Are Asian Americans Becoming Democrats?

Media Coverage | September 02, 2016

Speaking to New York City-based NTDTV, David Firestein examines the Asian American vote in the 2016 U.S. presidential election.

Here are some excerpts of the interview, which can be accessed fully here.

Q: There has been a major shift in the party preferences of Asian Americans. Is it about the candidates or are Asian Americans becoming Democrats?

A: I think there are three main factors that account for the shift. One of them, I think, is economic. All voters care about the state of the American economy, care about how they’re doing in the U.S. economy. I think one thing that’s happened since George H.W. Bush was elected in 1988 is that a lot of Americans have come to view the Democratic Party as the party that has been in power when average Americans have done the best, when they’ve had the best success economically and financially. A lot of people point to the eight years that Bill Clinton was president as an extraordinary period of economic growth. I think that over these years—rightly, wrongly, accurately, inaccurately, it’s a very subjective thing—a lot of voters, including Asian American voters have come to regard the Democratic Party as the party that delivers growth. If you compare that with the record of George H. W. Bush and George W. Bush, a lot of people have come to the assessment—notwithstanding some of the financial and economic difficulties in recent years—people just do better under Democratic presidents. I’m not judging that, but I think that’s one reason why people probably may have shifted their voting patterns in the way that you’ve described.

Another is, I think culturally the United States as a whole has  become somewhat more liberal on matters like gay marriage. So I can imagine that, probably 25 years ago, a generation ago, Asian American voters probably thought about social issues in more conservative terms and I think is probably the case today. And that trendline is pointed in the direction of the Democratic Party.

Finally and maybe most significantly, and this is speculation but it’s one interpretation I have for the shift that you mentioned. I think Asian Americans as, if you will, minority voters probably 25, 30 years ago, would have been hard for them to imagine, if you will, a fellow minority becoming the president of the United States. It had never happened before Barack Obama. I think there were some number of Asian Americans that felt a sense of excitement about that.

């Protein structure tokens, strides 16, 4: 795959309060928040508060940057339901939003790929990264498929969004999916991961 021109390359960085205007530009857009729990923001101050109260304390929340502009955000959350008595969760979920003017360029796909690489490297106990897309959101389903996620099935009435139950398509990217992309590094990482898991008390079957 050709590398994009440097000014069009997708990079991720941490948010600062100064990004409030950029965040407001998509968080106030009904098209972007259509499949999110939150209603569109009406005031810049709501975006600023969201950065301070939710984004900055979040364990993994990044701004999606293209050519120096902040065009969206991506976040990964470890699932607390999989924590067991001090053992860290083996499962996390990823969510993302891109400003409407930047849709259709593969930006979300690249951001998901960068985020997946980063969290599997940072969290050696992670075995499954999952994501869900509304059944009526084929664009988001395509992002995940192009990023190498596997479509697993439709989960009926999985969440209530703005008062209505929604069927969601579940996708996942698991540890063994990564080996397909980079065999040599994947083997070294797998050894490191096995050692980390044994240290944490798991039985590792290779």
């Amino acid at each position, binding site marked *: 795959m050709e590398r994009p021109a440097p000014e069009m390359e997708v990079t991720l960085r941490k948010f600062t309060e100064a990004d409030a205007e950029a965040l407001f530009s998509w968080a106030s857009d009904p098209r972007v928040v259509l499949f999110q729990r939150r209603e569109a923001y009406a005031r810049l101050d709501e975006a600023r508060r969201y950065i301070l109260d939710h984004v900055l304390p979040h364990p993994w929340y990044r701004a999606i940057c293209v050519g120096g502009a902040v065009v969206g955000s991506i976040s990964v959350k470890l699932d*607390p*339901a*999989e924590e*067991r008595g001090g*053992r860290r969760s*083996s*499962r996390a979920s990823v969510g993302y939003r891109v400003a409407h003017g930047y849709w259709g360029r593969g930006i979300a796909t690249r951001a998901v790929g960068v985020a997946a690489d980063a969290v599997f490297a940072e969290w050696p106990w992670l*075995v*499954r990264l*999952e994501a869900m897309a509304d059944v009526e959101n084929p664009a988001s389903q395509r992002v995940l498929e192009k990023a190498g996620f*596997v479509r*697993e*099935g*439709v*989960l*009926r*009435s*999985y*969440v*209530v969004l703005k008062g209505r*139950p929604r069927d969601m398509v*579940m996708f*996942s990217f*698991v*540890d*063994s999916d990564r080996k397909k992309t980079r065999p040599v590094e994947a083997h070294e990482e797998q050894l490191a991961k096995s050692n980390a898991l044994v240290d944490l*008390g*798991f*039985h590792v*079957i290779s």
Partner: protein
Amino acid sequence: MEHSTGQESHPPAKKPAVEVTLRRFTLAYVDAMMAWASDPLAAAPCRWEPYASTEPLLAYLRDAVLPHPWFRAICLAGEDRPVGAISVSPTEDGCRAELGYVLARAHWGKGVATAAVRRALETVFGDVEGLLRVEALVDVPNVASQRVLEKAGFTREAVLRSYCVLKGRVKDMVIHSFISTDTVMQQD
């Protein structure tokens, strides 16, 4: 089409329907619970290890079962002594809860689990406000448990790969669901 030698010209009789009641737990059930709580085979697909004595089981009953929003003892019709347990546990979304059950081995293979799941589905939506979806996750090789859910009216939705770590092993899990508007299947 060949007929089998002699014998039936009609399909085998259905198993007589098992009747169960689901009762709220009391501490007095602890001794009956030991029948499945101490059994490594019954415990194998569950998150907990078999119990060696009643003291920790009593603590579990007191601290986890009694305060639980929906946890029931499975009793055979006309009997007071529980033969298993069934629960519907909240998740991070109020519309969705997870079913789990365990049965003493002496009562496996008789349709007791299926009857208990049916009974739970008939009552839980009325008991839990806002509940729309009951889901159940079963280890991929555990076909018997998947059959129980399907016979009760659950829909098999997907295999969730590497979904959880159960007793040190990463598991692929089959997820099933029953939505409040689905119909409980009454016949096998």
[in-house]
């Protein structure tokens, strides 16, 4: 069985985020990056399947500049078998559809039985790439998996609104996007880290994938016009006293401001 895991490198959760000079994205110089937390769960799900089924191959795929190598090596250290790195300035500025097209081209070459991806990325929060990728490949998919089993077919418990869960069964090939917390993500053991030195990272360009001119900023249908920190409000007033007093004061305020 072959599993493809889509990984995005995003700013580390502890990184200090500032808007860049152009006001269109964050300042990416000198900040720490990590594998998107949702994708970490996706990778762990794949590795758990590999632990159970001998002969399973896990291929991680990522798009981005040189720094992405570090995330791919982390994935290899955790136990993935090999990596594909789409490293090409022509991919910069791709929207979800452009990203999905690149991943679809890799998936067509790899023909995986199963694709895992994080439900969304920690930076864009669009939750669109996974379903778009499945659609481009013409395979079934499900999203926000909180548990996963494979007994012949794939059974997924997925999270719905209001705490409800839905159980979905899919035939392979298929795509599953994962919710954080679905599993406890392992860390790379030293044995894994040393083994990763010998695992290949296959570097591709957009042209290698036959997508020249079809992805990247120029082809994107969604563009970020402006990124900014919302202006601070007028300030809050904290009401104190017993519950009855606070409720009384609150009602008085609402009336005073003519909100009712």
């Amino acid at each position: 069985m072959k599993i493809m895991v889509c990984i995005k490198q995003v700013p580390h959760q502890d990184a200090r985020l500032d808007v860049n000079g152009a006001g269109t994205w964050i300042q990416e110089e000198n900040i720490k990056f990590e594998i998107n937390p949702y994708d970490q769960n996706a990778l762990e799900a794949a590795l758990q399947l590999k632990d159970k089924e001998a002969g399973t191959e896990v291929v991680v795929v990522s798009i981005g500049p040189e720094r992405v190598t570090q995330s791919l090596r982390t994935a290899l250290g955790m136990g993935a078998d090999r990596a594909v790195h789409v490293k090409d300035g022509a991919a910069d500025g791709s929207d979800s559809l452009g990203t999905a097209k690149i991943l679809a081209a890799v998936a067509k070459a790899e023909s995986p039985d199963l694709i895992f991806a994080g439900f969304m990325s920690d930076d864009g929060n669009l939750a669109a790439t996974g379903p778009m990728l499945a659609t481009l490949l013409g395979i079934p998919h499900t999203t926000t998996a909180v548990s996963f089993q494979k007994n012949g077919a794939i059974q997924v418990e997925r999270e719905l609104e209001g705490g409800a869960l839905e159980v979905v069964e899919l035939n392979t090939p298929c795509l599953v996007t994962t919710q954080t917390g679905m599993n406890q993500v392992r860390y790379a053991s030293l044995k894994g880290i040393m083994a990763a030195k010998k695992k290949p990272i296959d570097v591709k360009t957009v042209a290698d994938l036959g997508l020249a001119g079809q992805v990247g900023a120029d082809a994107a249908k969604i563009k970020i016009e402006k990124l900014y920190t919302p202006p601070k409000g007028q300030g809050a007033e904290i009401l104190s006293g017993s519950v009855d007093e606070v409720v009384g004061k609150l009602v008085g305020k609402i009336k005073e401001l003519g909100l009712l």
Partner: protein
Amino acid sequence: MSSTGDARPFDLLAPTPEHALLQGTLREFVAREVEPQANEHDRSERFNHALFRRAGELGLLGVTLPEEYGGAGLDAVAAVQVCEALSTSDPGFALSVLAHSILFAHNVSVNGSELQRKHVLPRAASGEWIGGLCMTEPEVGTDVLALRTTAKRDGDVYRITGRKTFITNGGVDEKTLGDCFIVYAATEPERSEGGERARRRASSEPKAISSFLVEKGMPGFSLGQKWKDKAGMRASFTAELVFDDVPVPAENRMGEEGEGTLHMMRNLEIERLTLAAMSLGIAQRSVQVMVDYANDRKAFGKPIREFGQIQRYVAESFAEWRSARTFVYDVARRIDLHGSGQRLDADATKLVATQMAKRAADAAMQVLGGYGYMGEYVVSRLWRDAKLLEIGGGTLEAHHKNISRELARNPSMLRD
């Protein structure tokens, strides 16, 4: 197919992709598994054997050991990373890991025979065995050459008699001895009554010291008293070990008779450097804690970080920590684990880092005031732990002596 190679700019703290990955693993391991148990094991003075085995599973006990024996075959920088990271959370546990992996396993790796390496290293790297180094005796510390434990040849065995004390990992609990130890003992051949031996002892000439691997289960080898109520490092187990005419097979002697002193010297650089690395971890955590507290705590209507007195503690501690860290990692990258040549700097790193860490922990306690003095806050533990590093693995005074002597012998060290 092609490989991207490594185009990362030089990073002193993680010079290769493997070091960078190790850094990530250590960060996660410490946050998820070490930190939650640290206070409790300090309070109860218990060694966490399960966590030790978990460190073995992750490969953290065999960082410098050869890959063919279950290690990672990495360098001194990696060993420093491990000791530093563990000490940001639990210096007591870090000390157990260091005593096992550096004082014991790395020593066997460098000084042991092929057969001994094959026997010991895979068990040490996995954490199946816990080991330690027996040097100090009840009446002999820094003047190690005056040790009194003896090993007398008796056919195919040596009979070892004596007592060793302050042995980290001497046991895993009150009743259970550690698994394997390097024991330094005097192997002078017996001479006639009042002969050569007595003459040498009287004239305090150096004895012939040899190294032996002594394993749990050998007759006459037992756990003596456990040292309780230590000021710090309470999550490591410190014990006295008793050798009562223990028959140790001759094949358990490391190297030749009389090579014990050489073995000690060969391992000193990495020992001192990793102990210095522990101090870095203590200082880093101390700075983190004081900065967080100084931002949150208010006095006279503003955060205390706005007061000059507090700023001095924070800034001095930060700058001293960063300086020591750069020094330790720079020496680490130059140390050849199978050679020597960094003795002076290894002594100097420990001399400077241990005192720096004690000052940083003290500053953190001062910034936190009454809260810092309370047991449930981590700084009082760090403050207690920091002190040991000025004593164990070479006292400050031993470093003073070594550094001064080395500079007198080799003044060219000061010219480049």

Q:  The favorability number for Hillary Clinton is higher than Donald Trump among Asian American voters. Why do you think Asian Americans like Hillary Clinton more?

A: I think we’re seeing the trendline in the race now where the numbers seem to be opening up for Hillary Clinton in a way that wasn’t even the case one or two months ago. I do think there has been a shift, I think we’re going to continue to see that shift. Again, my personal prediction is we’re going to see a majority, a growing majority of Americans opt for Hillary Clinton. It’s not that Hillary Clinton is seen as a flawless candidate by any means, but I think that people are looking at the two candidates and making a comparison. The numbers and the polls all seem to favor Hillary Clinton.

I don’t know if there’s a specific reason that Asian Americans, as distinct from Americans from other different backgrounds flocking increasingly, evidently, toward Hillary Clinton. But I do think there’s a sense that, of the two candidates, one has had, if you will, more qualifying experience, more relevant experience and a style of speaking and thinking about the issues that seems more appropriate for president. I think that is probably the overarching dynamic with respect to the Asian American community as well.

I also think that Asian Americans, in some cases many times removed from the immigrant experience and in some cases, very recent immigrants, look at the fact that Hillary Clinton was secretary of state and she accumulated a lot of experience dealing with the world, dealing with Asia. I suspect that‘s viewed as a positive thing as well.